Which is the biggest concern, that Musk is now using his position as the head of X to enable certain political influence activities to go ahead, as he sees fit, while pushing back against others, dependent on his personal leaning. 

For example, X has offered little resistance to requests from Indian authorities, where his other business, Tesla, is working to establish new distribution agreements. X has bowed to requests from Turkey, where Musk has a relationship with Turkish Prime Minister Erdogan, and has discussed opportunities for both Tesla and Starlink in the region.

German requests to X have been approved at a much higher rate than previously. Tesla’s key European factory is in Berlin.

X sought to take a stand against Brazil, where Tesla has limited exposure, while Musk was also an ally of ousted Brazilian president Jair Bolsonaro, with whom he’d established a deal to make Starlink a key internet provider in the region. Since then, however, Starlink connections have been found to be facilitating illegal mining operations in the Amazon, a key focus of enforcement for the current administration. That’s brought an expanded Starlink deal into question.

X is fighting back in Australia, which is also not a critical market for Musk’s other businesses, while he’s also criticized the Australian Government’s response to COVID, and has pushed back against other requests by the Australian eSafety watchdog related to the rise in hate speech in the app.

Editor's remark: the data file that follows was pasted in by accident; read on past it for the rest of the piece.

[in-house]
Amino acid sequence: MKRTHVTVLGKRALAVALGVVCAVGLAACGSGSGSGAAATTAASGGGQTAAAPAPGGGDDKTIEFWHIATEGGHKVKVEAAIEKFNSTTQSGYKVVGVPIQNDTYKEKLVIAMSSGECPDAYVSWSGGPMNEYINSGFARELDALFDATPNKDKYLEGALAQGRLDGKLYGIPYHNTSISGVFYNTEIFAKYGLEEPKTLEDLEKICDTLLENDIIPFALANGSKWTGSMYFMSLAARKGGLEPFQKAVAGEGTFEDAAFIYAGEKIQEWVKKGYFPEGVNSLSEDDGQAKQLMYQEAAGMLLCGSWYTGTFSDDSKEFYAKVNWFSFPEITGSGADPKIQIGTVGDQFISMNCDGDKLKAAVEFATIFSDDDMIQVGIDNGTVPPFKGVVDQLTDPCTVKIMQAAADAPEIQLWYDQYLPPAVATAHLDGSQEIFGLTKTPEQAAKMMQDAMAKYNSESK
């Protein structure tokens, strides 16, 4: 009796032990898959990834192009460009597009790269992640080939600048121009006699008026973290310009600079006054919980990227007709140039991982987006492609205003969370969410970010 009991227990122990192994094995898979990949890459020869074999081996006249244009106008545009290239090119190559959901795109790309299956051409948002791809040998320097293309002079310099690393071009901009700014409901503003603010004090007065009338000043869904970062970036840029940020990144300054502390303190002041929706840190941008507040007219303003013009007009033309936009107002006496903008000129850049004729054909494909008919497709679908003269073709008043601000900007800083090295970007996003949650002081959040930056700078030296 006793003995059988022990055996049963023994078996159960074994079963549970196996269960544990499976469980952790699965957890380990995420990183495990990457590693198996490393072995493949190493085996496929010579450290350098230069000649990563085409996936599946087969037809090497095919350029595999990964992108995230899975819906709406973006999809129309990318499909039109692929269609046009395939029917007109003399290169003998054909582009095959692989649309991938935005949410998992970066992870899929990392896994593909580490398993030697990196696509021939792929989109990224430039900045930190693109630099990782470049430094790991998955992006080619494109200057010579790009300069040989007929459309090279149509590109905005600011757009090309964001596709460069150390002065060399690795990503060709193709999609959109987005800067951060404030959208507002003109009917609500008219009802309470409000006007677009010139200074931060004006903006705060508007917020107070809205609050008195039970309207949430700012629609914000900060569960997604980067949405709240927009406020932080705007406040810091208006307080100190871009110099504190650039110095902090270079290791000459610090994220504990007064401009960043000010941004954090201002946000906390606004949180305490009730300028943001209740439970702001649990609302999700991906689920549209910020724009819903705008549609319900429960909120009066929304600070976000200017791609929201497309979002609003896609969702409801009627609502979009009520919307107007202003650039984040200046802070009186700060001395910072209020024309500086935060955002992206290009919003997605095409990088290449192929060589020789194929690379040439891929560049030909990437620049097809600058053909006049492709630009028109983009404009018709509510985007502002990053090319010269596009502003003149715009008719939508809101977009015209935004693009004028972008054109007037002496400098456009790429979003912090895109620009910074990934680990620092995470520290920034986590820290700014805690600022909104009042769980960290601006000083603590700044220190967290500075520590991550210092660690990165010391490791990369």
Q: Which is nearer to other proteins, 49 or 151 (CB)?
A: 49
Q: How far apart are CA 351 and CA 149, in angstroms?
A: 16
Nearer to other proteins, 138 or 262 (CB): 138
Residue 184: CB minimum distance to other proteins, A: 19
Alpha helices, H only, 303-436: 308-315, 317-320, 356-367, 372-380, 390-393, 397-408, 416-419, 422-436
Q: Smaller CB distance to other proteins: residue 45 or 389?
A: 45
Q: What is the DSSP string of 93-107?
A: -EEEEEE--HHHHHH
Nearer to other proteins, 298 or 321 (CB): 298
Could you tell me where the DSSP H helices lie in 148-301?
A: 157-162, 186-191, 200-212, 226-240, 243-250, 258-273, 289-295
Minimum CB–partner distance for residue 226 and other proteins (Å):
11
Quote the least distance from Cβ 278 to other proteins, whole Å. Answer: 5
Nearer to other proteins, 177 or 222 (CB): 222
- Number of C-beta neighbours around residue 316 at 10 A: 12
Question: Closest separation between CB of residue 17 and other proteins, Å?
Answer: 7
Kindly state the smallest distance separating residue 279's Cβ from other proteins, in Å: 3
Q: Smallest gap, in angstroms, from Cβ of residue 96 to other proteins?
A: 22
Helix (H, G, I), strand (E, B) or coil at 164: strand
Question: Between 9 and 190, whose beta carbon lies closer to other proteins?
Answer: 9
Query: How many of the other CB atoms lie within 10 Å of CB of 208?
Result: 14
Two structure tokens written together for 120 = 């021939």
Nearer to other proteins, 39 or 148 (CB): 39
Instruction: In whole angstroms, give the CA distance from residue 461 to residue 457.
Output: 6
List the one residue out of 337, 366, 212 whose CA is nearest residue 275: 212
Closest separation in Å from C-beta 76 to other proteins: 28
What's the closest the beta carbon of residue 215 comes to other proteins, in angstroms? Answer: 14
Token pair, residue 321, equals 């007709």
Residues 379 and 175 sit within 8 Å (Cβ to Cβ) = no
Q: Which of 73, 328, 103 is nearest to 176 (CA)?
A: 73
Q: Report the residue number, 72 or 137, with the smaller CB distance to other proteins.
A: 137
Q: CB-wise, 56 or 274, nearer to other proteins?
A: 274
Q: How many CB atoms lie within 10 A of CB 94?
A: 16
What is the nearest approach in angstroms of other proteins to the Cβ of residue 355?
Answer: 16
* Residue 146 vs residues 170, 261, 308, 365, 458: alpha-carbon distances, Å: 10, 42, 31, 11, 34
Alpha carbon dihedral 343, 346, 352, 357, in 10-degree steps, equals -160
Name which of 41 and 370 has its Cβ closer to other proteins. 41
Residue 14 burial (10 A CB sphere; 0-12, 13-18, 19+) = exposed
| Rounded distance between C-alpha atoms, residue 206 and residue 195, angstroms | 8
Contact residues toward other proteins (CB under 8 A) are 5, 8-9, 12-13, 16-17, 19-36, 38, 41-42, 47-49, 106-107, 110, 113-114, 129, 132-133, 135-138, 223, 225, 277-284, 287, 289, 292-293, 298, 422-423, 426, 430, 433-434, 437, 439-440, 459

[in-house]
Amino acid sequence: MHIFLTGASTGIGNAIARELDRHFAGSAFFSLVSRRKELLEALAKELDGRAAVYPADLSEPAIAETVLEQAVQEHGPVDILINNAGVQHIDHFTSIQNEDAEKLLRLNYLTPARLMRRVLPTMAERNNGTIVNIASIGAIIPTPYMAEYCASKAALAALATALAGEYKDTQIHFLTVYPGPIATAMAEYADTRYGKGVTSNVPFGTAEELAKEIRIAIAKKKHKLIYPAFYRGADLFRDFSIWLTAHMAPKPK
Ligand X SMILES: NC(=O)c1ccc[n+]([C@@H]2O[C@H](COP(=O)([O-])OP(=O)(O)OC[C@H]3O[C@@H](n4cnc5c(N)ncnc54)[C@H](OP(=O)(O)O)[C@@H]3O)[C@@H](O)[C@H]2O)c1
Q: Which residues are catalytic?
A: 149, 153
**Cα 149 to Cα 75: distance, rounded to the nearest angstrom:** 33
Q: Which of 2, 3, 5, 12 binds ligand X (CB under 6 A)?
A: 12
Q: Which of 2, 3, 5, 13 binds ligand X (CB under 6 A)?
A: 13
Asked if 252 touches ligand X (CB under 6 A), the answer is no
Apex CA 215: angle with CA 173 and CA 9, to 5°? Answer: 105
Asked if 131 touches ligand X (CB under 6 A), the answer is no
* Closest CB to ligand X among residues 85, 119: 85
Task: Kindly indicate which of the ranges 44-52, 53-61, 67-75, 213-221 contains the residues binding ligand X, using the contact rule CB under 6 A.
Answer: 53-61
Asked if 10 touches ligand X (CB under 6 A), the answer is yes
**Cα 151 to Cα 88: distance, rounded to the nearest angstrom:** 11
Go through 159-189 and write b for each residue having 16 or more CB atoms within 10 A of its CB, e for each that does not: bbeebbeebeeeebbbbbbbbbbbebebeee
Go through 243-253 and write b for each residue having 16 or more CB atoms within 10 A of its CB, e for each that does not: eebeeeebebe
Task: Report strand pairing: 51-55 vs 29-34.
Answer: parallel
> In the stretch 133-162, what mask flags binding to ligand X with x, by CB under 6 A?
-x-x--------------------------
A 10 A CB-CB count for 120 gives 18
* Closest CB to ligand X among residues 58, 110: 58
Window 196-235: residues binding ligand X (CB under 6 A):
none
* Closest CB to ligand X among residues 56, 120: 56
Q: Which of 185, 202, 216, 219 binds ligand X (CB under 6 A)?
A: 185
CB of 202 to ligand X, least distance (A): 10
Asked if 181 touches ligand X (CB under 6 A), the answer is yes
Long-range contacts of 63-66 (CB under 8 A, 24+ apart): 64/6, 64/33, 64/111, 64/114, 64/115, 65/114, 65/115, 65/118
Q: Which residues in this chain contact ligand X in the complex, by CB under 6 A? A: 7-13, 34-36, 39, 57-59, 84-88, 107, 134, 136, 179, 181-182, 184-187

The trend forming is that Musk and X are looking to take on governments that he ideologically opposes, yet are more open to working with those he agrees with.

Also worth noting: China is a critical partner for Tesla, both in terms of production and sales.

Which is entirely not what the proposed bill is about, as it relates to potential influence operations being facilitated by a Chinese-owned app, as assessed by cyber security experts. Based on Elon’s approach, Russian and Chinese state media should also be freely allowed to broadcast in the U.S., even if what they share is untrue, and seeks to sway American voters.  

Essentially, Musk is a massively compromised entity, with such significant bias that he should not be in charge of making policy rulings on any social platform. 

You could argue, of course (as many have), that Twitter was biased towards left leaning policies for years, and that he’s merely re-balancing the slate. But that’s not even the case. Elon is biased towards Elon, and whatever benefits him and his interests. 

In this sense, Elon is using X as a form of political influence all of his own. Elon can’t run for President (because he wasn’t born in the U.S.), so he’s carving his own political niche, in order to shift opinions towards outcomes that benefit him, via the app.

That is an extremely dangerous situation, and one that seems unsustainable in the long term.